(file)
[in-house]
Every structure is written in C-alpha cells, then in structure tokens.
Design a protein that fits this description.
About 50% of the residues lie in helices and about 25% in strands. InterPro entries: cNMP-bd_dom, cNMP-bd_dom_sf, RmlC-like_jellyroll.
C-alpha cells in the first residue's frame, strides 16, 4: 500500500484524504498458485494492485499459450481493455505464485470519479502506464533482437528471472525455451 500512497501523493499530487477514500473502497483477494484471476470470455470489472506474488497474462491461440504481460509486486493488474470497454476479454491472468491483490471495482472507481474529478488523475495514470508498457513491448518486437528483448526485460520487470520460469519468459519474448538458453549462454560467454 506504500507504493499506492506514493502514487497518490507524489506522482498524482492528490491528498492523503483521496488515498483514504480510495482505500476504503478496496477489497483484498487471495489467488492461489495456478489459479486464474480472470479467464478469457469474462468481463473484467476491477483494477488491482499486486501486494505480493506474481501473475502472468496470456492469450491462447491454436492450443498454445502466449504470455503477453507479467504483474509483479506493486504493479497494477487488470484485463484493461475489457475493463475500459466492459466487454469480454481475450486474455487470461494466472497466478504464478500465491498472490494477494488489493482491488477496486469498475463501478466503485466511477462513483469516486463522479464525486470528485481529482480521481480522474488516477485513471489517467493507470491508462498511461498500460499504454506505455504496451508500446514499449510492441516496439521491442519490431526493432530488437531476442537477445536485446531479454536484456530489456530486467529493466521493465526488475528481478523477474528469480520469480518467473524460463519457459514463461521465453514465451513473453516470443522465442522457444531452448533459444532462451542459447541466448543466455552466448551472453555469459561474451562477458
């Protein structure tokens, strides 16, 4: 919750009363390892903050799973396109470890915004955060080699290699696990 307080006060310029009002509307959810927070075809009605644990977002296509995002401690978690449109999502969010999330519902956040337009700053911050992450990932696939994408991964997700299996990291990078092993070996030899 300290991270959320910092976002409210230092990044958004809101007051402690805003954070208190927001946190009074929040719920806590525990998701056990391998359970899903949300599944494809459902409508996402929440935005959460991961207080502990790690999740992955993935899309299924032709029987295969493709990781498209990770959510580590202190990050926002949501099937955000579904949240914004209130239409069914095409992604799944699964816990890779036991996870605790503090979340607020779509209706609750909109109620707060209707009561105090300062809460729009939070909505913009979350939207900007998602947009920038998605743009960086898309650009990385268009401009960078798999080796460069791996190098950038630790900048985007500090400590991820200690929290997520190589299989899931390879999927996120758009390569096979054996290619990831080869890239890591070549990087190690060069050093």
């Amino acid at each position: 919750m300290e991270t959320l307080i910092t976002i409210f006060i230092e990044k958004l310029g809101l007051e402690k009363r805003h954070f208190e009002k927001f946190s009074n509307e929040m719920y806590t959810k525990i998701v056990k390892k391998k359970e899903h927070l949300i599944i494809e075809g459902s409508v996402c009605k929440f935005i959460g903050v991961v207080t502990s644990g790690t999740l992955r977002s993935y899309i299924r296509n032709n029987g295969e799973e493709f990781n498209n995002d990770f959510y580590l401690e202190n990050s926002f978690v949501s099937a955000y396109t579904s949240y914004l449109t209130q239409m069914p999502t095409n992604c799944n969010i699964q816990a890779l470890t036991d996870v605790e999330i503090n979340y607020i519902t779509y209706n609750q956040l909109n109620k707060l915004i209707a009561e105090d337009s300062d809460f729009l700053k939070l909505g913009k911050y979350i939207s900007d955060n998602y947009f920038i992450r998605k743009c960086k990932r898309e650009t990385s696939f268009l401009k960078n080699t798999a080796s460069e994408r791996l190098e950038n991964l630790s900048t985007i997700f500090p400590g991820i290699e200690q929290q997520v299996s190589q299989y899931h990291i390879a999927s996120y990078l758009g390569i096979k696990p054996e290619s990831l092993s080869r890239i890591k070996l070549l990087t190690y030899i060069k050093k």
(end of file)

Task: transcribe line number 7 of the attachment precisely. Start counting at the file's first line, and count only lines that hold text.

């Amino acid at each position: 919750m300290e991270t959320l307080i910092t976002i409210f006060i230092e990044k958004l310029g809101l007051e402690k009363r805003h954070f208190e009002k927001f946190s009074n509307e929040m719920y806590t959810k525990i998701v056990k390892k391998k359970e899903h927070l949300i599944i494809e075809g459902s409508v996402c009605k929440f935005i959460g903050v991961v207080t502990s644990g790690t999740l992955r977002s993935y899309i299924r296509n032709n029987g295969e799973e493709f990781n498209n995002d990770f959510y580590l401690e202190n990050s926002f978690v949501s099937a955000y396109t579904s949240y914004l449109t209130q239409m069914p999502t095409n992604c799944n969010i699964q816990a890779l470890t036991d996870v605790e999330i503090n979340y607020i519902t779509y209706n609750q956040l909109n109620k707060l915004i209707a009561e105090d337009s300062d809460f729009l700053k939070l909505g913009k911050y979350i939207s900007d955060n998602y947009f920038i992450r998605k743009c960086k990932r898309e650009t990385s696939f268009l401009k960078n080699t798999a080796s460069e994408r791996l190098e950038n991964l630790s900048t985007i997700f500090p400590g991820i290699e200690q929290q997520v299996s190589q299989y899931h990291i390879a999927s996120y990078l758009g390569i096979k696990p054996e290619s990831l092993s080869r890239i890591k070996l070549l990087t190690y030899i060069k050093k």